I’m a big fan of the AGF campaign. I’m so glad they’re staying with their positioning ‘What are you doing after work?’ The execution I saw ['Land Surveyor' (see cover)] is just a wonderful way of saying that we all have aspirations to be something else. It’s much more tongue-in-cheek and a more human way of doing things.

[The Freedom 55 ads] succeed in standing out from the clutter. At least it’s trying something different to make a connection with the viewer. The biggest problem that Freedom 55 is going to face is its own success. The name itself is such a brilliant name but it suggests that if you’re not 55, it ain’t for you. I don’t know how they solve that because the risk is, why would you walk away from that name? Most marketers would kill for that kind of equity and familiarity.

Susan Abbott, president, Abbott Consulting & Research, Toronto

[Abbott advises clients on business strategy, marketing and implementation, with particular expertise in financial services.]

Many in [the 35-to-44] age group feel a higher need to use their income to support family expenditure, not long-term savings. The only strategy that makes sense to me is to tightly target and narrowcast to the market that is participating, and work on share of wallet. This implies a commitment to having the salesforce well aligned to catch the opportunities marketers create for them.

Security is a big core need for all of us, but you need to add some emotion to generate any excitement. I love the lifestyle approach because it brings the emotional element of dream-fulfilment into the equation. With so many products competing for brain-space, speaking to our emotional needs is essential.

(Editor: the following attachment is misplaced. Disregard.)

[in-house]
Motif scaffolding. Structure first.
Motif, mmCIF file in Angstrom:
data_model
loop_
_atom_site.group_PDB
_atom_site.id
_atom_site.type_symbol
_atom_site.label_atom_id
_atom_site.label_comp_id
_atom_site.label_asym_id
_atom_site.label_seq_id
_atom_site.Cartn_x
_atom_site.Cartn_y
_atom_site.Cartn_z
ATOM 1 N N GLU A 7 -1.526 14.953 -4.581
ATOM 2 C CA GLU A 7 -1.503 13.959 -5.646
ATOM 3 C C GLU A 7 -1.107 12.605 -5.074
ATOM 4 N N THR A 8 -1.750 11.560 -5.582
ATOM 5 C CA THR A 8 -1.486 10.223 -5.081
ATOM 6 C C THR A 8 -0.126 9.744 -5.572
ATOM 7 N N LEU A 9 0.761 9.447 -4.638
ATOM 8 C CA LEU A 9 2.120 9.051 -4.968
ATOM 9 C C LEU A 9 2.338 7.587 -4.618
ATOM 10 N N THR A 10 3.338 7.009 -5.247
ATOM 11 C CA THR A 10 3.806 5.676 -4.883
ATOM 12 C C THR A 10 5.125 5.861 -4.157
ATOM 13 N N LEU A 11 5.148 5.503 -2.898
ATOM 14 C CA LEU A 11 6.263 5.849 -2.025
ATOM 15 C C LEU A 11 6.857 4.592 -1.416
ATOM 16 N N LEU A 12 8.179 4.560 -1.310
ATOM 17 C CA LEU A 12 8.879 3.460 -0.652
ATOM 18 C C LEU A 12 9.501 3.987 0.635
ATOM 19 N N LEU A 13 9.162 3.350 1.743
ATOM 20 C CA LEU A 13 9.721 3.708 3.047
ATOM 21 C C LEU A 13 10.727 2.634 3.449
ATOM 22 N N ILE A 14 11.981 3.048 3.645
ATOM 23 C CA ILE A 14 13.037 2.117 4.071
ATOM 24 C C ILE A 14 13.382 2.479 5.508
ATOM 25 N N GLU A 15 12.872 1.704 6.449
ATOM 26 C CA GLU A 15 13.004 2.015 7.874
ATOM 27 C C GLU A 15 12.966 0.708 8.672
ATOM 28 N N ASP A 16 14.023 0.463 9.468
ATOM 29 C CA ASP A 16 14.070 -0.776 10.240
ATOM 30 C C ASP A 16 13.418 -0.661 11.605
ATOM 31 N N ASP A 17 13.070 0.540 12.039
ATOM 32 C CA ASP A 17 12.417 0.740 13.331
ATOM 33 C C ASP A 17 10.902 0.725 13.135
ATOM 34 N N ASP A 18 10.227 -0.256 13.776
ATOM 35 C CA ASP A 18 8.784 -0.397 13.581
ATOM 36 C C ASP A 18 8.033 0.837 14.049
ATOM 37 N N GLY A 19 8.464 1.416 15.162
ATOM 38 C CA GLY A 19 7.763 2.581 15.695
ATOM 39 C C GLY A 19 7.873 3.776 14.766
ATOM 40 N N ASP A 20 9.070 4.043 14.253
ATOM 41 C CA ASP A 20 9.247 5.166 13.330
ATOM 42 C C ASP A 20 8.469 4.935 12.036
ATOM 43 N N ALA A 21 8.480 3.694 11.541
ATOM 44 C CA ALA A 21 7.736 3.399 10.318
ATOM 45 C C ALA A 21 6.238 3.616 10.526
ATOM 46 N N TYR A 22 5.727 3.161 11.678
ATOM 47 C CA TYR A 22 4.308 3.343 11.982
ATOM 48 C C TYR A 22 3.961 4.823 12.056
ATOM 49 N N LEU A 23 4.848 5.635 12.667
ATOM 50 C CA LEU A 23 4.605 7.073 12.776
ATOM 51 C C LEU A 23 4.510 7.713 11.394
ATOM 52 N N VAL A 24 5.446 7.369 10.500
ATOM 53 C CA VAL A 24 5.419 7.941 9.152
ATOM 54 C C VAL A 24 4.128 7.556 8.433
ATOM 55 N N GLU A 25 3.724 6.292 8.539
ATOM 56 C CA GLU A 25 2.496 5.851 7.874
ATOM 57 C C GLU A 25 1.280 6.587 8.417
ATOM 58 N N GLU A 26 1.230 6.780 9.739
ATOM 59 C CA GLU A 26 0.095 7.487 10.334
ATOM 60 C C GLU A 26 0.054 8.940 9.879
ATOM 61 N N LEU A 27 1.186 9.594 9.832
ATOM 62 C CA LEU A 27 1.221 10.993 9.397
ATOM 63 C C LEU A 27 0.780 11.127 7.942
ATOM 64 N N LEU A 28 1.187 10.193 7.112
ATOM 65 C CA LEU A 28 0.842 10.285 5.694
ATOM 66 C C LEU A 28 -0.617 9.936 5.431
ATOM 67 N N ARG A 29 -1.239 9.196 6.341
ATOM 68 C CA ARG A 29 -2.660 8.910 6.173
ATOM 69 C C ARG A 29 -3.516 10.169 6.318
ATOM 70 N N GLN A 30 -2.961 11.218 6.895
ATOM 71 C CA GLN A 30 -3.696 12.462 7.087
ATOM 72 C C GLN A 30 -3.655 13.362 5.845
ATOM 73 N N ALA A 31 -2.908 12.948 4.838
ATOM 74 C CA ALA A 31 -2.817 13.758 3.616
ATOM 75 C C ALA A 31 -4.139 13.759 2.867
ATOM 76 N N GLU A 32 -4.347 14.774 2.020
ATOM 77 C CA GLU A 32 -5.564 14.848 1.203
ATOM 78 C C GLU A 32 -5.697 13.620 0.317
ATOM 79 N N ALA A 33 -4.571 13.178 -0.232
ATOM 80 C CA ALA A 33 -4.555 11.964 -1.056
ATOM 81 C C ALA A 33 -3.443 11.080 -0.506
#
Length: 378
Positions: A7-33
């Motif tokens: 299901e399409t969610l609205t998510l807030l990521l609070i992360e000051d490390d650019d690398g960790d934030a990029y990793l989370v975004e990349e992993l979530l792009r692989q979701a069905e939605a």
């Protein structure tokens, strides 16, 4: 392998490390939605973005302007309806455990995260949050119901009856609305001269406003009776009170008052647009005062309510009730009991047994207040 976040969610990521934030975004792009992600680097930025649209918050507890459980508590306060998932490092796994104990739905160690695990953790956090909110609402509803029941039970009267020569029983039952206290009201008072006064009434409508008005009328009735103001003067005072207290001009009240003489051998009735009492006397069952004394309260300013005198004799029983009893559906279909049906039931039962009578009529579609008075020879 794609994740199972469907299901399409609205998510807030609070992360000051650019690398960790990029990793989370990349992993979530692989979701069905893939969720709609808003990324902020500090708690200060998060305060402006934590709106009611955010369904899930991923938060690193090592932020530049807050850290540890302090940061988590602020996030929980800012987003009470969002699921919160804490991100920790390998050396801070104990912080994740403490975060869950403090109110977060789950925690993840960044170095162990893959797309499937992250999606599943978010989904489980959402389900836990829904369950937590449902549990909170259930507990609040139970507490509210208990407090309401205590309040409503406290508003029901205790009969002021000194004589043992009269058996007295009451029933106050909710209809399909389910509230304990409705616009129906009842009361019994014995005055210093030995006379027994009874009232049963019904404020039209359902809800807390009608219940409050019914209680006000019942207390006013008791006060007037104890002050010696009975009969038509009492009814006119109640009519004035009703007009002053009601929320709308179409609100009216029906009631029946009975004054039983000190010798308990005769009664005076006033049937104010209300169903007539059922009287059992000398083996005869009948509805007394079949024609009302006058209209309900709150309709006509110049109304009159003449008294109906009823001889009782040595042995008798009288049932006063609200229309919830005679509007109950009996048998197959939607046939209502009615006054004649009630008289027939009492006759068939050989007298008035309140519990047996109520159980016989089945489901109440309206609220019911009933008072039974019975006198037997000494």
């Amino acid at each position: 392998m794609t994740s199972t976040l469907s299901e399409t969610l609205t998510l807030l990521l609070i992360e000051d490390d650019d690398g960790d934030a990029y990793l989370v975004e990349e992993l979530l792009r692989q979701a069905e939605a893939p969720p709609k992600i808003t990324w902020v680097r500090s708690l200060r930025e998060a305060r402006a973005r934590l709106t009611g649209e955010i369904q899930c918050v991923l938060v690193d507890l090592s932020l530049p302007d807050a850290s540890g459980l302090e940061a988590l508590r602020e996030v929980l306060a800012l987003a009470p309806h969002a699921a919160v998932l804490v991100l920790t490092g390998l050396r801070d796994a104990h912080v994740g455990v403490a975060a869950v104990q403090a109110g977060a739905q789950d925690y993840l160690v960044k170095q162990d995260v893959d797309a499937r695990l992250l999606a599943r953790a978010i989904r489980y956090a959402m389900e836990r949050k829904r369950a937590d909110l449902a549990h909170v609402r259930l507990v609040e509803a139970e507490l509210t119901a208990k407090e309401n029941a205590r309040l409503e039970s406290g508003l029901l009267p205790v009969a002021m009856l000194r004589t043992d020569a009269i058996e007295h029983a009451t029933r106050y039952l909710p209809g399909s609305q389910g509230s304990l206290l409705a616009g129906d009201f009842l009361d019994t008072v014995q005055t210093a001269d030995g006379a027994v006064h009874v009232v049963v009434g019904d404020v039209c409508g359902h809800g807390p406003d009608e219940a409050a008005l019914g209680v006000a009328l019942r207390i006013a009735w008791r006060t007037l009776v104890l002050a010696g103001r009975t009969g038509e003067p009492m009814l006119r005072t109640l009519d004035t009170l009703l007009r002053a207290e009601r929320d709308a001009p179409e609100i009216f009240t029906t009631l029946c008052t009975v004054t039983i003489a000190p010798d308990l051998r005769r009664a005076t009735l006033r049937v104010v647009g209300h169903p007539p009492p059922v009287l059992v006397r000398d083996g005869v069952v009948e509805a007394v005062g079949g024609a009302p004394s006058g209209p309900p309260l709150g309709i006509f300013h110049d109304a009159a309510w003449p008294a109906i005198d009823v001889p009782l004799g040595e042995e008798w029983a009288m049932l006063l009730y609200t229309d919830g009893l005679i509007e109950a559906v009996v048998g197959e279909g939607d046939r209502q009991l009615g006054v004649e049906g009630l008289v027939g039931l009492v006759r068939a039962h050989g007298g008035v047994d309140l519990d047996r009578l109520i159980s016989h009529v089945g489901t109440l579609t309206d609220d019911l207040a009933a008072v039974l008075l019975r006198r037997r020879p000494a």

Consumers don’t really understand the fine points of things like mutual funds. Getting on the considered list needs the advertiser’s traditional art of persuasion, and that’s emotional more than rational.

Any [marketing such as AGF's Union Station promotion] that can break through the noise is worth trying. We aren’t as stuffy as we used to be here in Canada.

Financial planning is either boring or intimidating for many consumers – as long as you don’t damage the brand, anything you can do to liven things up and de-mystify is a good thing.

Paul Oliver, senior partner, investment management industry practice, PricewaterhouseCoopers, Toronto

The RSP providers need to educate, focus on the long-term and steer consumers toward medium- and long-term goals. Diversification for RSPs is a key message [marketers must use] because it reduces risk.

The RSP providers need to ensure that they have a broadly based product offering because consumers are much more educated than they were 10 to 15 years ago and so they’re demanding better choice.

The long-term lifestyle messaging is resonating and being utilized more. If there’s one thing that we’ve learned in the last three years it’s that there is short-term volatility [in the market].

I would say [the AGF and Freedom 55 ads are effective]. [The marketing] has to include a simple message – such as Freedom 55, which is two words, or AGF’s ‘What are you doing after work?’ Second, it has to be reinforced through a program. It can’t be just a one-off campaign for the month of February.

I’ve seen the TV ads for AGF, and when you read their print, Web site and their corporate mission it’s all tied in. Where it’s part of a continuum of a message over a period of time, then it is effective.